Melatonin

The Miracle Hormone?
Timothy Schwaiger, ND

For many years the hormone melatonin has been used for a variety of conditions. Although melatonin has primarily been used for the treatment of insomnia, many physicians and researchers have focused on other beneficial therapeutic uses of melatonin.

History of Melatonin

In 1958, a dermatologist by the name of Dr Aaron Lerner discovered melatonin in hopes of being able to treat vitiligo.1 Since that time, melatonin has been studied for various reasons. Originally I used melatonin to help people initiate and maintain sleep. More recently, the hormone has been used as an adjunct to cancer therapy, to improve the immune system, to protect against damage to blood vessels, and to lower blood pressure. In this article I will explore the physiology of melatonin and mechanism by which this hormone can affect so many areas. The US Dietary Supplement Health and Education Act of 1994 approved the use and sale of melatonin because it is found naturally in some foods.2 Prior to that, in 1988, a patent was filed for the use of melatonin as a anti-aging product.3 I am fascinated with not only the many uses of melatonin but also the variety of methods of delivery being explored. Studies explored in this review used oral, transdermal, and intravenous forms of melatonin. Controlled-release and surge-sustained-release forms are also being investigated and utilized by practitioners and researchers.4,5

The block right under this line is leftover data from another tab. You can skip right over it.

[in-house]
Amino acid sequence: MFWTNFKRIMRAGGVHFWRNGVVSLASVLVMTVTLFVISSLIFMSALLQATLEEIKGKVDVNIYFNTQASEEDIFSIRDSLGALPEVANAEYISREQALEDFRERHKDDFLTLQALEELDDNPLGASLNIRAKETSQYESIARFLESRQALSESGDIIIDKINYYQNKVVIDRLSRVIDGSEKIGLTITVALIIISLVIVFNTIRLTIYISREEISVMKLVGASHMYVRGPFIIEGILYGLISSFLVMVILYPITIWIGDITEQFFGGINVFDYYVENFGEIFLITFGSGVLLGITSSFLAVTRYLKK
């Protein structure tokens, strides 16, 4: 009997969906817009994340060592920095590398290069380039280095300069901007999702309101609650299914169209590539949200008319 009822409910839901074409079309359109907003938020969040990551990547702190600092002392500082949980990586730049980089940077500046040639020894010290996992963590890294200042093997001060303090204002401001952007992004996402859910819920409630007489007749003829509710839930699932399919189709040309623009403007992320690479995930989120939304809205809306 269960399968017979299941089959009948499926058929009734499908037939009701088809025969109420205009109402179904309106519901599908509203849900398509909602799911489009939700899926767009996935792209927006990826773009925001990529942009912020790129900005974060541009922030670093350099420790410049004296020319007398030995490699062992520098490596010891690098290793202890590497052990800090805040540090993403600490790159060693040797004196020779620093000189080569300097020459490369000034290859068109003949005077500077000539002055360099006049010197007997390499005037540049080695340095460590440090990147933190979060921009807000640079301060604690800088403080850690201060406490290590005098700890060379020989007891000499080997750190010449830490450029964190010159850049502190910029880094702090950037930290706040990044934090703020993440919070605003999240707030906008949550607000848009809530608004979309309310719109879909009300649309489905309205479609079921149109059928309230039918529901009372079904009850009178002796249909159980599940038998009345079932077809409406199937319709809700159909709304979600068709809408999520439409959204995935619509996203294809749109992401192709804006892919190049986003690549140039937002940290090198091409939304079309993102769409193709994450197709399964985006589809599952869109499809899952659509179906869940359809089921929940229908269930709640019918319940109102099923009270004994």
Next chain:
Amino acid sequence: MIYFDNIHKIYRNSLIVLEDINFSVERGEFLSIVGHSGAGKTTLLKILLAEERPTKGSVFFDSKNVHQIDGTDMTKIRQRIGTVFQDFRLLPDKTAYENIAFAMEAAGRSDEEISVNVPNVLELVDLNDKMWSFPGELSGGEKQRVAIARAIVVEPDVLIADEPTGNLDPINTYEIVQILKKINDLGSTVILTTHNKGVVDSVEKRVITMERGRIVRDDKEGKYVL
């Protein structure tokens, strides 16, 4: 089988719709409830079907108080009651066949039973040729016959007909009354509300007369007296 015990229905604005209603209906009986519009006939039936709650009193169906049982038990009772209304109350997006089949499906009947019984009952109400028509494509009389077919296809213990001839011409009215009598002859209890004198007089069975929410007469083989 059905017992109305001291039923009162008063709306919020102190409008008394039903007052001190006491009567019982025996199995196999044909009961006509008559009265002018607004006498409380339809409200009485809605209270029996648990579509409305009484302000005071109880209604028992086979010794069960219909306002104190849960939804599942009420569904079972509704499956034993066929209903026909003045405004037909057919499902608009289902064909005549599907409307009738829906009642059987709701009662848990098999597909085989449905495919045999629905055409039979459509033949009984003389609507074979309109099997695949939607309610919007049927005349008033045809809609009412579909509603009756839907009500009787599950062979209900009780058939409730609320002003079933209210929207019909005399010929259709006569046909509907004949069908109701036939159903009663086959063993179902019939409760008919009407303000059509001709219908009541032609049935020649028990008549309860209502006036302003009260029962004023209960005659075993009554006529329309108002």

Melatonin Pathway

Although the majority of melatonin is produced in the pineal gland, it is also synthesized to a lesser degree by other organ systems such as the gastrointestinal system and the heart.6 N-acetyl-5-methoxytryptamine (melatonin) is produced from N-acetylserotonin (NAS). Serotonin is the precursor of NAS and the reaction is catalyzed by the enzyme, serotonin-N-acetyltransferase (SNAT). Melatonin is also converted back to NAS (Figure 1), which is thought to have antidepressant and antihypertensive activity on its own. In addition, NAS may be helpful in treating older individuals for cognitive enhancement.7